[bitc-dev] Retrospective Thoughts on BitC
bklooste at gmail.com
Tue Apr 10 03:12:26 PDT 2012
>> Microsoft singularity is quite interesting research in this direction, as
>> it is attempting to eclipse the C-shared-library.
> The "whole program" idea in Singularity rests on a claim that David
> Tarditi made about a process he called "tree shaking". Tree shaking, in
> brief, is a process for removing unreachable code from programs. David
> claimed, without supporting data or careful study, that the binary size
> reduction obtained from tree shaking was greater than the size reduction
> obtained from shared libraries.
> There are two problems with this claim:
> 1. It disregards the fact that the two optimizations are orthogonal.
> The ability to remove unreached code does not reduce the value of gathering
> *reused* code in a common place.
> 2. The metric of interest isn't the size reduction in a single
> program, but the total code footprint across the system as a whole (that
> is: across *many* programs). The tree shaking approach results in a
> system where *most* programs will duplicate a certain body of code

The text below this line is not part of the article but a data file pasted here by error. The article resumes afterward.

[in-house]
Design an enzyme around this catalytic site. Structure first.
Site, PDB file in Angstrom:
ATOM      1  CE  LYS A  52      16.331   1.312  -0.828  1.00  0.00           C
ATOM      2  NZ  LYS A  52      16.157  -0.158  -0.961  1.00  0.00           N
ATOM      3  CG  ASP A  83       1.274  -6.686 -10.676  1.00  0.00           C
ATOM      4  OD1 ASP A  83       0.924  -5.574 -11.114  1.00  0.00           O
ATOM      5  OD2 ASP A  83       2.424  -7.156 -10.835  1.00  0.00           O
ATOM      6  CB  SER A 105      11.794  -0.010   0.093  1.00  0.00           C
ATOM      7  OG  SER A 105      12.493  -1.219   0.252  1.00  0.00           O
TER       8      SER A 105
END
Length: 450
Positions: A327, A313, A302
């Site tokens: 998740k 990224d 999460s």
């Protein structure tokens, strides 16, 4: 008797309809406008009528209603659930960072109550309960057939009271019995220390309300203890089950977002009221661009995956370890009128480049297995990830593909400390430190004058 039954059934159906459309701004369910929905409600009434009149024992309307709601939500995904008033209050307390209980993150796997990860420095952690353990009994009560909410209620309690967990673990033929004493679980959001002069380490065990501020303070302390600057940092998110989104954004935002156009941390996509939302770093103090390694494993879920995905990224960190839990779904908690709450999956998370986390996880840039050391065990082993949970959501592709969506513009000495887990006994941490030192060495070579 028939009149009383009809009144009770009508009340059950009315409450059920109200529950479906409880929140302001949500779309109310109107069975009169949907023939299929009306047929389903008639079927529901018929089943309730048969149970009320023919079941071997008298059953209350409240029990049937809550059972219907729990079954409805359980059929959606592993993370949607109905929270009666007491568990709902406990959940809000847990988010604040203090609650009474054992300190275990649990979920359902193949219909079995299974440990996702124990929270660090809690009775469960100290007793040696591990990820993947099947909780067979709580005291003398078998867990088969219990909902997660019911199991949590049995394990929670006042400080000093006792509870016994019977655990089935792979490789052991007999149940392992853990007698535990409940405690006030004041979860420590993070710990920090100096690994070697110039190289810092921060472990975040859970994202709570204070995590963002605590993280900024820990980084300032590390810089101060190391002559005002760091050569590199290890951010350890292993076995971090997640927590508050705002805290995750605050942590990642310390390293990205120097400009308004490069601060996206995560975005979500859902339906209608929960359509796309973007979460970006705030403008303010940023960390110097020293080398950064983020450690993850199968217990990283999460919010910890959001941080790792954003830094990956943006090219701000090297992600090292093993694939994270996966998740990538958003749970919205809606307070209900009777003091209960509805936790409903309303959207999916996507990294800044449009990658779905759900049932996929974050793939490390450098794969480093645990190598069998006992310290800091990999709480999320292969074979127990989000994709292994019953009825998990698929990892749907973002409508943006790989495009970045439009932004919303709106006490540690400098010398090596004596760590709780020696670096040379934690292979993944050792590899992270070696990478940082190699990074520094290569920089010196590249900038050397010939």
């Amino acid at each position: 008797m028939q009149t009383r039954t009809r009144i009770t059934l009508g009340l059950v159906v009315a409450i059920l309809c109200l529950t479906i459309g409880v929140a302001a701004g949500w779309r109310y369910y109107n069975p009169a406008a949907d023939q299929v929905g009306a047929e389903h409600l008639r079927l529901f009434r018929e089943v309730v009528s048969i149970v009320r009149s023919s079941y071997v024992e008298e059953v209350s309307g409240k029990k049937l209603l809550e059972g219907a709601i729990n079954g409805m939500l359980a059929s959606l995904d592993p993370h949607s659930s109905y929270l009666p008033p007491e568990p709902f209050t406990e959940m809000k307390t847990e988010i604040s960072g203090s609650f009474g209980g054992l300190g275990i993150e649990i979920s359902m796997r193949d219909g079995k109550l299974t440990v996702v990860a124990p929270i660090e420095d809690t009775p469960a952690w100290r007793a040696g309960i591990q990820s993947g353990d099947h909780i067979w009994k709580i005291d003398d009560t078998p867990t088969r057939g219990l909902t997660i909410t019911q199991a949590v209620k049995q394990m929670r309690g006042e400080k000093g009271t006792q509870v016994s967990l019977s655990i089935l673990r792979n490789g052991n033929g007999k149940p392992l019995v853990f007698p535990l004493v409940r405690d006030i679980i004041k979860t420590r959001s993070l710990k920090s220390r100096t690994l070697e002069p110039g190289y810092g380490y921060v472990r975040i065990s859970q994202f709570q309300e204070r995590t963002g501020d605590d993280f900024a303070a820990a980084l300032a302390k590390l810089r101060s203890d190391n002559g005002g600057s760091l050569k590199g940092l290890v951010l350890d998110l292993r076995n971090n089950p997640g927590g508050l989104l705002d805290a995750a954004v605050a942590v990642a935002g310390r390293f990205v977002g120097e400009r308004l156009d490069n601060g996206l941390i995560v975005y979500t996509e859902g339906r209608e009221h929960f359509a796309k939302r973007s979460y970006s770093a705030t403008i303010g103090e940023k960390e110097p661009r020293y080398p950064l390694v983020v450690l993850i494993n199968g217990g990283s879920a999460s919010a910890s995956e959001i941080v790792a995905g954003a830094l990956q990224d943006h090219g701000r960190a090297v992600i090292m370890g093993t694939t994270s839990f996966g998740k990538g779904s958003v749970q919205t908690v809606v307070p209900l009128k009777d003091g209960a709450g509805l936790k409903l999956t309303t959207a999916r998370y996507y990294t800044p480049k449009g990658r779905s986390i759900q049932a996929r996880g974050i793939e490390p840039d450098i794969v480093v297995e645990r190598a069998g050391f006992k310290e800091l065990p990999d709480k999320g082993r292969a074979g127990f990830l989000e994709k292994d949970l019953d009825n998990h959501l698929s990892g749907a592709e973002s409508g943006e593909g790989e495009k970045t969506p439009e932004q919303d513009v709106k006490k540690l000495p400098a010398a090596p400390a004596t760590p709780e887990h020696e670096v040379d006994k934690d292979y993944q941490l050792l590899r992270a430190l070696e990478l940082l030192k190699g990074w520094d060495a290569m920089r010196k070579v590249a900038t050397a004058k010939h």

> that is commonly used. That's the code that belongs in shared libraries.
Re 1. In Singularities case its IPC was clearly geared to the concept of
many async services taking some of the rolls of Dlls and hence
encouraging re-use at the service level more like Minix/micro kernels. ( I
mean singulararity didnt even have DLLs in the public release and it was a
long way from supporting them)
Re 2. If you have a single large static system runtime like .NET the
remaining shared code becomes small... This remaining code is often very
domain specific and hence well placed in services. In many cases for a
Singularity type system/ runtime this would reduce the overall system
footprint significantly .
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